There's a new student this year and he's quite impressive—Alex is smart, good-looking and fit. His mother is an award-winning surgeon and his dad was a famous basketball player. Ivy thinks she's hit the jackpot when she finds out that Alex is her lab partner. He's her ticket to an easy A.

But high school is a cruel place when you don't fit in. Ivy is trailer trash, Magnus is misunderstood, and Alex is the only black kid in the entire school. When the year is up, one of them won't see graduation.

How to Talk to Black People is an in-your-face look at how we view race, how we participate in racism, and how we need to be the catalyst for change. It is a challenge to its reader to do better, be better, and to set a better example. 

The note to the reader from the author, as well as the character Letitia, were the most compelling parts of the story. Leticia's poise, grace, and wisdom were both insightful and refreshing given the challenges the author seemed to have with the rest of the writing and by extension, the characters. At times the dialogue was clunky and awkward and it took away from the narrative. 

Understandably, the reader is not supposed to like Ivy—it wasn't so much that I didn't like her, I didn't like the way she was written and felt that this was some of the weakest writing from the author.  Magnus on the other hand was endearing and reminded me of Duckie from Pretty in Pink, projecting a gay vibe but secretly crushing on his best friend.

Where the author was most successful was with their intent. Writing from one perspective, Ivy's, was effective because all of the focus is on the messages, and there's a lot to unpack. The author doesn't shy away from how they present these weighty topics of racism and classism.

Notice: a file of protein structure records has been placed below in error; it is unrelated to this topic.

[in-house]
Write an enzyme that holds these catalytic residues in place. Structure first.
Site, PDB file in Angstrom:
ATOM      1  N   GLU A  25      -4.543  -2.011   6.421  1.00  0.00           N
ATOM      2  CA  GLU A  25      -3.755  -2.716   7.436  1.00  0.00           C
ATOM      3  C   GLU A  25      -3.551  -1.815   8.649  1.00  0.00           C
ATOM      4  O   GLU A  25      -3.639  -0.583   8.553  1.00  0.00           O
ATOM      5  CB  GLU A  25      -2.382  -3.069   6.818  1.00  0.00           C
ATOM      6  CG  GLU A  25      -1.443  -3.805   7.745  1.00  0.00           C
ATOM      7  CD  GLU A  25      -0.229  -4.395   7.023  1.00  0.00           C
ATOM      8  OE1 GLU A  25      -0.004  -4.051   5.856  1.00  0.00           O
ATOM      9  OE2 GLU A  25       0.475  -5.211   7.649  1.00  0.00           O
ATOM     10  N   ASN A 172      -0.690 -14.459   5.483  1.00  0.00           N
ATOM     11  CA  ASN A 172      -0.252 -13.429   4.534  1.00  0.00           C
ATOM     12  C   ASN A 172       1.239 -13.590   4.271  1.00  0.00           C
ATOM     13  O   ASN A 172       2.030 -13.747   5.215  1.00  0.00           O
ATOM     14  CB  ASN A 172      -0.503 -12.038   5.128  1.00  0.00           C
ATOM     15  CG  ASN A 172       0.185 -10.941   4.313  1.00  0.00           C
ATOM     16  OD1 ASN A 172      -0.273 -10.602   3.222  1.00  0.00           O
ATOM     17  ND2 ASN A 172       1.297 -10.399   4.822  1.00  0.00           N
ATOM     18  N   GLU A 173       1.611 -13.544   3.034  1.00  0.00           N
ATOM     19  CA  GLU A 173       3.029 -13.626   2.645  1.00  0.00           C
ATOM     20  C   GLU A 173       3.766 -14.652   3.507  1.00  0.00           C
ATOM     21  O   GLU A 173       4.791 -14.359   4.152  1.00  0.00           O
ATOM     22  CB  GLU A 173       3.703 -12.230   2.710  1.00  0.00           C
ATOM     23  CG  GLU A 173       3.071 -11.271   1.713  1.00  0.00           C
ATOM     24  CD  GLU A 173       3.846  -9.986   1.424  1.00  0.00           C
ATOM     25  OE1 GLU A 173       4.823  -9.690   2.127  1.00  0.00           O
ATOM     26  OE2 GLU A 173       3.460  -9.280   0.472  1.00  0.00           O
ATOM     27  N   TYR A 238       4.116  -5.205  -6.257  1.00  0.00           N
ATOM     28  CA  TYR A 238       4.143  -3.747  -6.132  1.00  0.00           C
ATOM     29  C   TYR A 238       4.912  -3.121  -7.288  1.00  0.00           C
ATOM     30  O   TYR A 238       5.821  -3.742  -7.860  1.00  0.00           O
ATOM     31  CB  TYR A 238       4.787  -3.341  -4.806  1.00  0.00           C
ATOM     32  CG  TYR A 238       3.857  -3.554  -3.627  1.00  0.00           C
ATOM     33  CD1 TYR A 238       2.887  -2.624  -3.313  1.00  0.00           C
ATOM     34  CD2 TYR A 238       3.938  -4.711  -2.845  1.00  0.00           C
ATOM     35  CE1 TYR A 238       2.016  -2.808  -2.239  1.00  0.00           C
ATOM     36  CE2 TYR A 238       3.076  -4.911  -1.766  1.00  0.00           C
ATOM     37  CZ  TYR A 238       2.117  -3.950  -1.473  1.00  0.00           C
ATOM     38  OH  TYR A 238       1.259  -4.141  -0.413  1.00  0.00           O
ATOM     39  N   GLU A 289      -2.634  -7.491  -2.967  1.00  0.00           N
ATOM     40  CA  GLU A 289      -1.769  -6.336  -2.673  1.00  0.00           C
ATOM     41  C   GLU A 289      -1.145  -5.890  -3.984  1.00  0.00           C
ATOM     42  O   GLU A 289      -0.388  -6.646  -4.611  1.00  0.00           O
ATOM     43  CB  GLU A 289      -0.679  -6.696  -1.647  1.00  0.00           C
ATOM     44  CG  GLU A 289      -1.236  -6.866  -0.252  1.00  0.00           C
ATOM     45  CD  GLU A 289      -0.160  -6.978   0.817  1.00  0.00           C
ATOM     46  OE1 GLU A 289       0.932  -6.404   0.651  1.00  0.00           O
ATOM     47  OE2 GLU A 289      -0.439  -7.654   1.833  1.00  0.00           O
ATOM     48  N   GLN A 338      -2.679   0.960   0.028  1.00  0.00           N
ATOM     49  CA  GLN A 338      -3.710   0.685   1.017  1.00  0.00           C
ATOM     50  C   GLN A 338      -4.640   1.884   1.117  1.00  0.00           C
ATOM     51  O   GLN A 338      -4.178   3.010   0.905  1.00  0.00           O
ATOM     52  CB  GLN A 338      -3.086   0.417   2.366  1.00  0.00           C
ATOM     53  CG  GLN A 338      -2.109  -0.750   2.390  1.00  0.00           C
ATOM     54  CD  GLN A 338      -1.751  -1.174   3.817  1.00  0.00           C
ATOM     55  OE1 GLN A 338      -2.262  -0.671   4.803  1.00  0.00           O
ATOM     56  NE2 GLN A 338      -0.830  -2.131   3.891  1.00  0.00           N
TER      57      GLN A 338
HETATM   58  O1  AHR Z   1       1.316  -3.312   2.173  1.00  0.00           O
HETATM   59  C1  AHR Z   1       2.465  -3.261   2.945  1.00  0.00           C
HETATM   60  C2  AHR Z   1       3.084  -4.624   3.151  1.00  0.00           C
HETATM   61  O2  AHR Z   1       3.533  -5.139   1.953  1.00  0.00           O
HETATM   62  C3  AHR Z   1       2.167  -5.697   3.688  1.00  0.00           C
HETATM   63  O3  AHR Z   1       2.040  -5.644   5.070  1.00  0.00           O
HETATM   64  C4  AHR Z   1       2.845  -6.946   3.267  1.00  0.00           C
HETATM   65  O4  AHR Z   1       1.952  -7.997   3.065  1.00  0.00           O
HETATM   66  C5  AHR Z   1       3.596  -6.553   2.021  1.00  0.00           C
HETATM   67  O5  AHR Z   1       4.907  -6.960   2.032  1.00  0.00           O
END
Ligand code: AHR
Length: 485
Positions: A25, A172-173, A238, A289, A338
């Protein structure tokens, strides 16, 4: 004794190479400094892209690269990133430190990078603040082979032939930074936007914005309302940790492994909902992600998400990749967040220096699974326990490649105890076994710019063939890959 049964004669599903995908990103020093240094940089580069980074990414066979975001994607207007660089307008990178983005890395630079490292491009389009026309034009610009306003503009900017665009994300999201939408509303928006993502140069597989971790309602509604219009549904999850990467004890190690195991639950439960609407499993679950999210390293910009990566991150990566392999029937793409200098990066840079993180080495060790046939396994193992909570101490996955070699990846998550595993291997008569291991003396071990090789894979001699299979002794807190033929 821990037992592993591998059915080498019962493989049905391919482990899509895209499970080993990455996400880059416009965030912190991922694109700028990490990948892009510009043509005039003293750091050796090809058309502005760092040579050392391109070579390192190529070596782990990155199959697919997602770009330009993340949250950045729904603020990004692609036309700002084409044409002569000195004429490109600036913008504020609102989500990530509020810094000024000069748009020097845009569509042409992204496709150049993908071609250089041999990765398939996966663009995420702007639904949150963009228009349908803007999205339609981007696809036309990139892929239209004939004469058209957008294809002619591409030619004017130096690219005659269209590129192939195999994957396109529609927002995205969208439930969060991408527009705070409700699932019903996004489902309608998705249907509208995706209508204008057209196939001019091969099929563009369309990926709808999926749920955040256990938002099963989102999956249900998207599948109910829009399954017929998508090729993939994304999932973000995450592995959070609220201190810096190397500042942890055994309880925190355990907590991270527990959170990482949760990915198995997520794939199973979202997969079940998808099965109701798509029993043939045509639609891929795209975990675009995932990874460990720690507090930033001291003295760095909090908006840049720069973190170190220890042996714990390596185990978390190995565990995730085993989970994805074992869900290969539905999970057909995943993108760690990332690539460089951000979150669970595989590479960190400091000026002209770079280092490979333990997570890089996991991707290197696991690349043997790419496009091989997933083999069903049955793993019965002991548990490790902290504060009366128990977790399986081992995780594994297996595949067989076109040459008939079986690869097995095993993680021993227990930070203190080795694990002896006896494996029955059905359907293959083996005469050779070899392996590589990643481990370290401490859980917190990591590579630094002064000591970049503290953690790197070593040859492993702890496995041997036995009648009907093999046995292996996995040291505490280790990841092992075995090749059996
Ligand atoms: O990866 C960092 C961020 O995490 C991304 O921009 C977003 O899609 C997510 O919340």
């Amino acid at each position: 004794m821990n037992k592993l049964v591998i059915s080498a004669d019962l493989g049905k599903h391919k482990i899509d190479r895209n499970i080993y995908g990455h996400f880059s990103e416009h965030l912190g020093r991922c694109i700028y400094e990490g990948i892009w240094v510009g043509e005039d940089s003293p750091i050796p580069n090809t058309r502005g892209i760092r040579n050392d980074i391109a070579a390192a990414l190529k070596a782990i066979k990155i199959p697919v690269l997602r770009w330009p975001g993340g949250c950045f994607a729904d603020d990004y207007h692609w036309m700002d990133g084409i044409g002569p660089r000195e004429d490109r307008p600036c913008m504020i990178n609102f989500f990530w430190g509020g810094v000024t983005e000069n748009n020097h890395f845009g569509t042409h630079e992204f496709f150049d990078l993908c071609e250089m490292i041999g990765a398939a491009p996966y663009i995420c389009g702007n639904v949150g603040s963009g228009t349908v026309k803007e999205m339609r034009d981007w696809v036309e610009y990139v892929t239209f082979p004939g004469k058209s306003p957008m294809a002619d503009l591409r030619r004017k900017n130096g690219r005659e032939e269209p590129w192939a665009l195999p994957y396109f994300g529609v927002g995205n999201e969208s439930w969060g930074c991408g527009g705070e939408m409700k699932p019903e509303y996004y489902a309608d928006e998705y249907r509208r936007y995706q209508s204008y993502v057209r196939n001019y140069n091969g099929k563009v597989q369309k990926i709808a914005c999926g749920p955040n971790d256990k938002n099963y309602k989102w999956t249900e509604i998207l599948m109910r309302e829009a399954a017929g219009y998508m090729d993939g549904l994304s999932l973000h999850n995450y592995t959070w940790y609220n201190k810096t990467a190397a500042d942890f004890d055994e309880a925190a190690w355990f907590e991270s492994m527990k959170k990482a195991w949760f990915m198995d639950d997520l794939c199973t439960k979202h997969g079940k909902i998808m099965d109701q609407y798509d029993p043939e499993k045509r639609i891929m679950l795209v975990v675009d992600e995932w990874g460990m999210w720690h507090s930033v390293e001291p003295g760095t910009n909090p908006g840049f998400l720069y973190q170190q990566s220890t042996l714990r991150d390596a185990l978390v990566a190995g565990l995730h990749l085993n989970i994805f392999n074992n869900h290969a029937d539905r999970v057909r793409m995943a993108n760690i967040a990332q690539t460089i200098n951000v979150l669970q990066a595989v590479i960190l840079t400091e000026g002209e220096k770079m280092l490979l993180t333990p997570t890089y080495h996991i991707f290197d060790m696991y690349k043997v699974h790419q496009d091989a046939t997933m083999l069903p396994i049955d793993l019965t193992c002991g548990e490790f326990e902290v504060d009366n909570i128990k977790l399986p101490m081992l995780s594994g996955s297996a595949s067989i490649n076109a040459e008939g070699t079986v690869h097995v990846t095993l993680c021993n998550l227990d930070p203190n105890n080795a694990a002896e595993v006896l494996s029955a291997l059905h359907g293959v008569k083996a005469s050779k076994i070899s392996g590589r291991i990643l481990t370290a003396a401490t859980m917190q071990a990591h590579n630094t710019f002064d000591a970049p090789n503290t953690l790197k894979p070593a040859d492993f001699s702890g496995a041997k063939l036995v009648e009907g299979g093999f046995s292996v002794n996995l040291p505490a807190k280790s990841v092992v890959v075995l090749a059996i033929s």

My hope is that the finished product is more polished. In the note to the reader, the author seemed a bit defensive in regards to suggestions by a publishing professional to tone down Ivy and I have to agree.  I'm not suggesting that Ivy be changed to be more palatable—I think the author is trying to make their audience uncomfortable on purpose so that the reader is forced to examine their own actions/self. My ask is for the author to be more open to suggestion because the work is rough and there are characters that need work. These things detract from the story instead of enhance it.
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This had some really important messages in it that keep the conversation about racism going, which is great. The readers note in the beginning helped me to know what I was going into with the main character, even though there's truly no preparing yourself for how vile Ivy was. With that being said, I found the pacing to be off in this book a lot. Some of the scenarios felt really rushed and awkward, and there were times when some of the rough writing overshadowed the importance of what this book was about. Still a decent read, just not the kind of writing and pacing I personally prefer.
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**E-book provided by NetGalley**

This book started off so cringey. So, so cringey. However, the author's note at the beginning of the text really helped me stick with it and understand why it was written in such a way. 

For starters, I really wish I could know the author and take a look at his/her Facebook feed. At the beginning, the author states that a lot of the tough details and jokes she got straight from her personal Facebook feed. That blows my mind, but was a serious eye-opener to a lot of the race-related issues we still face today. 

There were some tough subjects covered in this book from racism to classism, but it was seriously such an easy read. I think that was honestly one of my favorite parts of the book. It's important to have an accessible text that talks about those issues that are so often ignored, and this book does a great job of that.